Sunday 7 April 2013

Physical Therapy as Effective as Surgery for Meniscal Tear

Patients with knee osteoarthritis and a meniscal tear who received physical therapy without surgery had good functional improvement 6 months later, and outcomes did not differ significantly from patients who underwent arthroscopic partial meniscectomy, a new trial shows.
Patients with a meniscal tear and osteoarthritis pose a treatment challenge because it is not clear which condition is causing their symptoms.

Currently, millions of people are being exposed to potential risks associated with a surgical treatment that may or may not offer specific benefit, and the costs are substantial.
The physical therapy in both regimens  involved 1 or 2 sessions a week for about 6 weeks and home exercises. The average number of physical therapy visits was 7 in the surgery group and 8 in the non-surgery group.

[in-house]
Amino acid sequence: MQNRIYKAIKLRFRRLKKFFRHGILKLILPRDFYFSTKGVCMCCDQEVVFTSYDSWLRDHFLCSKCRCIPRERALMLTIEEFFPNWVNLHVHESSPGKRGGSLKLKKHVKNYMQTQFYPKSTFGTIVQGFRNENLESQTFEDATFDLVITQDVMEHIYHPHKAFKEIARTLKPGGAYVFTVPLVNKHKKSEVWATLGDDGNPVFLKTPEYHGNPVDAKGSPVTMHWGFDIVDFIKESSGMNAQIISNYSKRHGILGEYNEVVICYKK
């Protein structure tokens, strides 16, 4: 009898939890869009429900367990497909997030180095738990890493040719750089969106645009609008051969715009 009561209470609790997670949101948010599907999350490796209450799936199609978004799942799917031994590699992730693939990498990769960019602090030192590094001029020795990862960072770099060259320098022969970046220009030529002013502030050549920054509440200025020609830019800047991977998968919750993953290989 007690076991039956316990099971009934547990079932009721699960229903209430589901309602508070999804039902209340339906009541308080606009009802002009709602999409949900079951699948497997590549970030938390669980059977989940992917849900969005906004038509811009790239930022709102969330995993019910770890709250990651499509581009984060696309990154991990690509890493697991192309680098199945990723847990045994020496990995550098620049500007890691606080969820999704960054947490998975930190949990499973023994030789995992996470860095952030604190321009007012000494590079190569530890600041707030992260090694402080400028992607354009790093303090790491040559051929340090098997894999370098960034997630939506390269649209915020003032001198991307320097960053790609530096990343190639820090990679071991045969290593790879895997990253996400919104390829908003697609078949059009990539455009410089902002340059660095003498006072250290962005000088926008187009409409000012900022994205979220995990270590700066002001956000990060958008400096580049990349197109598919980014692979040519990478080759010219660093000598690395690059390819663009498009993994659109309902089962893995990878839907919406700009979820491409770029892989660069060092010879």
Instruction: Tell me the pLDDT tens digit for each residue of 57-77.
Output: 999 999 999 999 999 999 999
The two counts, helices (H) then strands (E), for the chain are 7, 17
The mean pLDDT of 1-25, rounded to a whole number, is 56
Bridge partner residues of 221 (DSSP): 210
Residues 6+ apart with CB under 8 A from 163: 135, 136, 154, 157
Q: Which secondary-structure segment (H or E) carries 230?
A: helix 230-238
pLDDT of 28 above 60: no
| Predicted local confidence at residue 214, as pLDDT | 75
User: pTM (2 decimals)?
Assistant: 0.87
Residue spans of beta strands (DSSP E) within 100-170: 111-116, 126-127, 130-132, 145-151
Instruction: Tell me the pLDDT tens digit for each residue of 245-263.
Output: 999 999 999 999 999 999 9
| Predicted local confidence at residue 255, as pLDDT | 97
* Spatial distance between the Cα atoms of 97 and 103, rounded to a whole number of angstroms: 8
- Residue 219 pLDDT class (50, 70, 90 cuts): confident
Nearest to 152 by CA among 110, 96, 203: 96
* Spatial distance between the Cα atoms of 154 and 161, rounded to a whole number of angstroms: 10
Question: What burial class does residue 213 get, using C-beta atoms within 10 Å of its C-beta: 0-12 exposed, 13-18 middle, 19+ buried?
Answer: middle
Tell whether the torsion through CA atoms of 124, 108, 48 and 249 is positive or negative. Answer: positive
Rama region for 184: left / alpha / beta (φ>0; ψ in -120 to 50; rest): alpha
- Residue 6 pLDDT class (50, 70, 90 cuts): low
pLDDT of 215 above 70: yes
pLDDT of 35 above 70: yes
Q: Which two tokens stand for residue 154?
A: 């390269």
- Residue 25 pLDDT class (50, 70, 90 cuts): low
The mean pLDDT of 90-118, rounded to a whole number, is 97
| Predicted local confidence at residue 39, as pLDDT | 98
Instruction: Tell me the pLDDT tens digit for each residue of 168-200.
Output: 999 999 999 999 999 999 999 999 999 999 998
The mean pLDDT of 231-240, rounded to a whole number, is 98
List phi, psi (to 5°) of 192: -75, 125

Mean Improvement in Osteoarthritis Index at 6 Months
Treatment Group                    Mean Improvement (Points)         95% Confidence Interval

Surgery+ physical therapy


Physical therapy18.515.6–21.5

The 12-month results were similar to the 6-month results. 
 John Mays, MD, an orthopaedic surgeon practicing in  Louisiana, USA, who was asked to comment on the findings, said most patients don't choose physical therapy. "In the real world, most people want a quick fix" and choose surgery, he noted.
Dr. Mays said he would have liked to have seen a group of patients who underwent surgery but did not receive postoperative physical therapy. He explained that his patients with osteoarthritis and meniscal tear rarely get physical therapy after arthroscopic meniscectomy; they most often do home-based exercises.
He added that "most insurance plans have limits on the number of physical therapy sessions they allow."
N Engl J Med. Published online March 19, 2013. AbstractEditorial

1 comment:

  1. Learn lots of new things about therapy from your post. Thanks for sharing.

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